Published Feb 10. 1997

Selecting deer hair

Choosing the right hair will make your deer hair flies - Comparaduns, EHC's, Muddlers, bass bugs - much easier to tie.

The North American Whitetail Deer

The whitetail deer provides the fly tier with a variety of hair for many different fly patterns for both fresh and saltwater fishing. It is easily obtainable and relatively inexpensive in cost.
The two major species of deer in North America are the whitetail (Odocoileus virginanus) and the mule deer (O. hemionus). Worldwide there are 30 subspecies of whitetail of which 17 are found in North America. Mule deer compromises of 11 subspecies of which eight live in North America. This is important to the fly tier because some species of whitetail have hair that is much more suitable for fly tying than others.

Different regions of North America have different subspecies and each of these deer have their own hair characteristics. The subspecies which inhabit the northern states and southern Canada generally possess the best overall hair quality for a variety of tying requirements. The hair which is used in tying is obtained from the "winter coat" (blue coat) of the whitetail. The term "blue coat" is of the roots of the hair which grow through the skin before the hair has grown to its full length. Once the hair has grown out completely the inside of the skin is creamy white. The summer coat (red coat) lacks the qualities
necessary to make good tying hair. It is solid in texture, much more tapered, and wirey in texture. The majority of the winter coat is kinky to wavey in appearance, and is described as "hollow". This is not a completely accurate description of the winter hair as it is not hollow like a drink straw, but rather each hair is filled with hundreds of tiny air pockets which serve as the insulation for the deer in cold climatic conditions. This "hollow" quality is also the reason the hair floats.


The whitetail goes through two molting processes each year. The most important molting period to the fly tier is the fall molt. This process begins in late August or early September, depending on the latitude. The new winter coat pushes out the summer coat in varying parts of the body until the entire hair coat has been replaced with winter coat. This hair is very short as it begins much like grass seed that just begins to sprout in a new lawn. The hair grows very rapidly and will reach about 1- 1 1/4" in 30 days. This short time is when to obtain hair which is ideal for Comparaduns, Caddis patterns, and Muddlers, just to name a few. In the northern states such as Ohio, Michigan, Minnesota and Wisconsin, the ideal hair for the patterns mentioned above is best obtained during the second and third week of October. This may vary slightly for deer found farther south. Because this is bow season it may be difficult to obtain any large number of hides, but for a single tier attempting to obtain one hide, the task shouldn't be impossible.

No two hides are the same

By mid to late November the hair length will have reached its maximum length which is 2 to 2 1/4", with some hair being slightly longer on a few deer. When the hair has reached its maximum length, it is well suited to spinning and stacking for use in bass bugs. Refer to the deer hair chart to identify the various parts of the hide which produce hair for specific tying purposes. Not two deer hides are exactly the same in color and texture. The quality of a particular animal's hair for tying purposes is determined by heredity, food, age, and sex. A quality diet of corn, beans, apples, acorns, and many other plants is reflected in a healthy animal's hide. The age of the deer is also important, as the average deer only survives one and one and one-half to two years. Hair from slightly older deer - three to five years - is usually superior in terms of the qualities sought for spinning and stacking. It is extremely difficult to obtain hides from deer of that age since only one-half of one percent of all whitetails live to be five years of age.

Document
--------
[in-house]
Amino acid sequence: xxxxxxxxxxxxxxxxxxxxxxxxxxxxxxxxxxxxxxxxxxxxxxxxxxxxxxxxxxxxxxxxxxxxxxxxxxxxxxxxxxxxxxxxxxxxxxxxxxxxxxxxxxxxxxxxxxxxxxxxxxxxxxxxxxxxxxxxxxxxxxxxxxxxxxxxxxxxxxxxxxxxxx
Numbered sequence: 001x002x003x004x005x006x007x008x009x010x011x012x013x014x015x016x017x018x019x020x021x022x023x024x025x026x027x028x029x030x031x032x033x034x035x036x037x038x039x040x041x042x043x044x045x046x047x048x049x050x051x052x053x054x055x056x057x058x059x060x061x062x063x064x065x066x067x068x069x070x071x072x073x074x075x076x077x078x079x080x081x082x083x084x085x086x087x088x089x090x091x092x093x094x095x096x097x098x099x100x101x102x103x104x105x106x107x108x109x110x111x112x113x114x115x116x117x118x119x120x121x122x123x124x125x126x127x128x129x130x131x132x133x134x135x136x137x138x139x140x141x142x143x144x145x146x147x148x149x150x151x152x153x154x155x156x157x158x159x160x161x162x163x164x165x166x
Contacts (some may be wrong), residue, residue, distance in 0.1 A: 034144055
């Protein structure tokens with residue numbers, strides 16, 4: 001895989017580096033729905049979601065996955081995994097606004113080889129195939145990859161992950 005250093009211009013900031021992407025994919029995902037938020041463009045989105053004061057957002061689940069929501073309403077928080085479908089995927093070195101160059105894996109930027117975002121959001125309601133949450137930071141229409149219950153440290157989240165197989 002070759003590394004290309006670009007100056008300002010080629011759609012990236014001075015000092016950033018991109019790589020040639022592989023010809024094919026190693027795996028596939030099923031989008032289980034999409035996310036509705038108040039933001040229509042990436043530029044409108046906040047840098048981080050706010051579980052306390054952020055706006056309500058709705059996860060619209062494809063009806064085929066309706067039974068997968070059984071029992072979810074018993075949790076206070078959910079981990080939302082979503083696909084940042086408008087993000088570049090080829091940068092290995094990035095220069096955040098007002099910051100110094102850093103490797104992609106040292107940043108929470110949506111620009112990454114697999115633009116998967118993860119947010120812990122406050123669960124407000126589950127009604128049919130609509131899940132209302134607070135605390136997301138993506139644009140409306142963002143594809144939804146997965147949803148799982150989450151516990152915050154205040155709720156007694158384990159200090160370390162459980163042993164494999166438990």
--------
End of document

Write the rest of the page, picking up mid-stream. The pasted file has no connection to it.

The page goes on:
If you have access to a processing facility or meat market that handles deer for the hunter you will have the opportunity to view or inspect a large number of hides and begin to see the differences between them.

This drawing shows where to find different hair types on the hide of a Whitetail deer harvested after the directions described above.

Northern woodland whitetail deer harvested during November-January

Chart legends

  1. Mask (1)
    - short, medium texture, marginal for caddis, Comparaduns.
  2. Spinal cord area (2)
    - fine texture, fairly long. For wings.
  3. Body (3)
    - medium length, usually coarse to medium texture. Good for spinning medium to small bass bugs, also useful for Madame X, hopper patterns and others where floatability is required.
  4. Rump and belly (4)
    - long coarse hair ideal for spinning large bass bugs, mice etc. White belly hair excellent for dyeing.
  5. Legs (5)
    - short, fine textured hair. Good for small Wulff patterns, small caddis
  6. Bucktail (6)
    - Ideal for streamers, trolling flies, Lefty's Deceivers


  • Fine
  • - Will not flare; excellent for wings and tails

  • Medium
  • - Will flare to a limited degree, maximum 45 degrees

  • Coarse
  • - Will flare to almost 90 degrees; used for clipped hair body flies like muddlers and bass bugs

    TypeTextureStiffnessLength (")Length (cm)
    BullMedium 1-2½2.5-7
    CowCoarse 1½-2½3-7.5
    YearlingMedium 1½-2½3.5-7
    HockMedium ¼0.6
    ManeFine 3-67.5-15
    RumpCoarse 2½-47-10
    BodyCoarse 1½-2½3.5-7
    Texas whitetailFine ¾-1¾2-7.5
    Early seasonMediumStiff½-¾1-2
    GenerallyFine ¾-1½0.6-4
    Body  ½-21.5-5
    ManeCoarse 2½-87-20



    im de-hairing three hides 4 tanning an hate 2 throw away the hair but dont know what 2 do with it

    what are the 17 species in north america?

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